Leading by example
Mark McKergow’s warm smile fills the screen as the vivacious physicist-turned-leadership consultant talks about his work with the Sunday Assembly movement. Mark describes the Sunday Assembly as a Godless church – a place where people can gather and have the advantages of being part of a community without religion.
He became involved with the Sunday Assembly movement when he attended the first gathering in 2013 in London. He has been a volunteer ever since and is now part of the Edinburgh Sunday Assembly. He says people want the community that a church-type structure can provide, to do good, play their part in society and be a good person, but they don’t want to do it with a religious badge on. He plays the saxaphone at the Edinburgh Sunday Assembly gatherings and warmly welcomes people to the secular gathering. Mark says ‘You never know who is going to come and we normally manage to make something useful happen.’ The Sunday Assemblies motto is: live better, help often, wonder more – a motto that aligns with Mark’s thinking.
When he is not leading with the Sunday Assemblies, he is working as a leadership consultant, where he specialises in host leadership – a concept he developed – based on how those who make good hosts also make good leaders.
Hosting is in Mark’s blood with his father and grandfather serving as church wardens. He found that those who are good hosts, have a secure sense of themselves, which allows them to meet a stranger and welcome them. He says you cannot open yourself to others, if you don’t know who you are and what’s important to you.
When working with leaders, he runs a little exercise; ‘It’s Saturday night, you’re having your dinner, it’s lashing down with rain outside, the thunder is going off. The doorbell goes and it’s a bedraggled stranger, saying they have nowhere to go, can you help? Are you going to invite them in or are you going to call the police?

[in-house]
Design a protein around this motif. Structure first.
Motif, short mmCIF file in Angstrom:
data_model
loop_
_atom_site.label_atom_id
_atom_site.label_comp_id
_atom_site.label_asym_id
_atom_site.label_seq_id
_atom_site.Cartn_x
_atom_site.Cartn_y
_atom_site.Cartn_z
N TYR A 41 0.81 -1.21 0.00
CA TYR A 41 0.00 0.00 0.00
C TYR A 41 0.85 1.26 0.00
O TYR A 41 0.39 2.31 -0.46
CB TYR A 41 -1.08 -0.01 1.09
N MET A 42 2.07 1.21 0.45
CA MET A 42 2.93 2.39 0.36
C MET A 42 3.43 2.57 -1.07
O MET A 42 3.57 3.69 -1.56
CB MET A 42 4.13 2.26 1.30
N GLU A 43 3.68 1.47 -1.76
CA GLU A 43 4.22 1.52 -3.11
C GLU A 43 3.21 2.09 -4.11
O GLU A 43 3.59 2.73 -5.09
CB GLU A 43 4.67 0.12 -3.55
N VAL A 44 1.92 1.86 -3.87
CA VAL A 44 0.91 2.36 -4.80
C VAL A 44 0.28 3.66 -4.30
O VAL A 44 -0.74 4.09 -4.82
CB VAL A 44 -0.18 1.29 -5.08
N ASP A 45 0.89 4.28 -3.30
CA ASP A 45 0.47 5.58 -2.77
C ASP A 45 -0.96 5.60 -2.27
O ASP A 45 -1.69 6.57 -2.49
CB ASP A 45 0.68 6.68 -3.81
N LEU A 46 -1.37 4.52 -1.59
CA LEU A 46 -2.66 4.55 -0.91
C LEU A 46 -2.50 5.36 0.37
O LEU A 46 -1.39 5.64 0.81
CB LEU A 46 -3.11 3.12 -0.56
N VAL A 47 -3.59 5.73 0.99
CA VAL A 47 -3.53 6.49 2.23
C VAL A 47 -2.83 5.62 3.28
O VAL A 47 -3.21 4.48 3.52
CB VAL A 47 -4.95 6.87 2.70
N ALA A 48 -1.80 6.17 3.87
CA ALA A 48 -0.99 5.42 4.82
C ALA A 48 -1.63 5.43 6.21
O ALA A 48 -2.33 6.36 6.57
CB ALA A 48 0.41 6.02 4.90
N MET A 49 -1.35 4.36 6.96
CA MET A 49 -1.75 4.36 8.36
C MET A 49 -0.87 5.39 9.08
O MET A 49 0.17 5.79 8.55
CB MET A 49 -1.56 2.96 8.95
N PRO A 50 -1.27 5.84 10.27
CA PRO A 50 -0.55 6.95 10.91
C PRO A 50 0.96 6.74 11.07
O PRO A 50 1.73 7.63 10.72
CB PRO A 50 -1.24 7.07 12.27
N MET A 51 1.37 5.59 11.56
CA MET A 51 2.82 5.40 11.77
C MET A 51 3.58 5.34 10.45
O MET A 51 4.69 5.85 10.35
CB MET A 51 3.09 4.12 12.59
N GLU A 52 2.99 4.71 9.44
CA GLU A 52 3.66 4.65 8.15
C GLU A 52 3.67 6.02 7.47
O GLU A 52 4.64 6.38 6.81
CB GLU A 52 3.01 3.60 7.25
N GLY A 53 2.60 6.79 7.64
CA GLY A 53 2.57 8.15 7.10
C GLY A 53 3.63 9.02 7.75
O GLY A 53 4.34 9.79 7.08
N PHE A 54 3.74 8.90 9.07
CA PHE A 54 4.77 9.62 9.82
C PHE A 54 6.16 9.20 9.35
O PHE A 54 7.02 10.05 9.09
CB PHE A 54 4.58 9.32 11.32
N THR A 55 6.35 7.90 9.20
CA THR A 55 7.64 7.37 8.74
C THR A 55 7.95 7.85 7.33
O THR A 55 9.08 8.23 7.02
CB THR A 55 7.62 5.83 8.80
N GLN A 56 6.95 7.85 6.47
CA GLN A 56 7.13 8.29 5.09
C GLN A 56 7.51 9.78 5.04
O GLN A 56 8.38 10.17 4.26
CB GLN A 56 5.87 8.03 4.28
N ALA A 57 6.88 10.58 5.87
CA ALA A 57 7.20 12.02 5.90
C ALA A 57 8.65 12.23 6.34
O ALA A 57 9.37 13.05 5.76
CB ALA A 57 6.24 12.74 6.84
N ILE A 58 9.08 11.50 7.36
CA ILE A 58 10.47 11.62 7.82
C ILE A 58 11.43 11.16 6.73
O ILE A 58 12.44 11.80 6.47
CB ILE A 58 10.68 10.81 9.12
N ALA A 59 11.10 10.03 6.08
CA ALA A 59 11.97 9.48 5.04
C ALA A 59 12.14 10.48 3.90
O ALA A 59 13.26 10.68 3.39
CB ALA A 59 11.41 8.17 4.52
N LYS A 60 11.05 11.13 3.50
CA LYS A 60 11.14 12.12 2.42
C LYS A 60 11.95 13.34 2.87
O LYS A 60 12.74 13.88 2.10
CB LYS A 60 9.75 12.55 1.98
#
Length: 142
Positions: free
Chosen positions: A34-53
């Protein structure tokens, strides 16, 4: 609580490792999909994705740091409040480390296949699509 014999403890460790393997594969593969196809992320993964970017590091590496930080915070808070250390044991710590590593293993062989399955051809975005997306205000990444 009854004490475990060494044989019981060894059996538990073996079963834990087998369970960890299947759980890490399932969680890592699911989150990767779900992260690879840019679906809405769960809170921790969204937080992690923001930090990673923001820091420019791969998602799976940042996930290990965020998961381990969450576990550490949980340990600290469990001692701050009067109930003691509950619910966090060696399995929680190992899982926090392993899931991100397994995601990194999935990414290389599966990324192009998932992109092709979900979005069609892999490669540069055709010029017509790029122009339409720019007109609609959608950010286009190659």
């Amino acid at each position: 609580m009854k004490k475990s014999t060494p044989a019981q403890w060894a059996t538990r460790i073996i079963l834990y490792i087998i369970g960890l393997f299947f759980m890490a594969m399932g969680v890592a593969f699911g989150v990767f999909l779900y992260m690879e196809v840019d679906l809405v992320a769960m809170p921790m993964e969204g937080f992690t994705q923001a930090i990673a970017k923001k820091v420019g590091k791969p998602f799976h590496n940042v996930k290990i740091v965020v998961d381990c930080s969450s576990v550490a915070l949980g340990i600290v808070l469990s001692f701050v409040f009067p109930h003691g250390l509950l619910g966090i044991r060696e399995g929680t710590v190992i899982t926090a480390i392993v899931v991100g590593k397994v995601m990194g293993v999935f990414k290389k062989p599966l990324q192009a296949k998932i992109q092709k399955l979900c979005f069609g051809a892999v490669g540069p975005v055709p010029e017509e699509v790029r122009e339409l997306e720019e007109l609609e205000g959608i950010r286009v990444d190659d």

‘The people who will invite them in are the ones who have this sense of ‘I am in control of this space, such that I am able to welcome somebody in.’
He says that people with big egos struggle to put their guests first. They can pretend to be the host, but it’s all about them, really. But the good host will make sure it’s all about the guests.
His leadership philosophy is, like a good host, to remain open to whatever arises, to take life one step at a time and to work with ‘the grain of the universe’.
When listening to Mark’s story about how he leads, it is clear that he practices what he preaches. He embodies the idea of looking at his own behaviour and how it impacts others. He is one example of a person who is displaying one of the six characteristics of leading with humanity, that are clear from my research – see the first blog post. If you’re interested in learning how you can develop these skills and attitudes in yourself, then please book a call to find out more about the Leading with Humanity development programmes.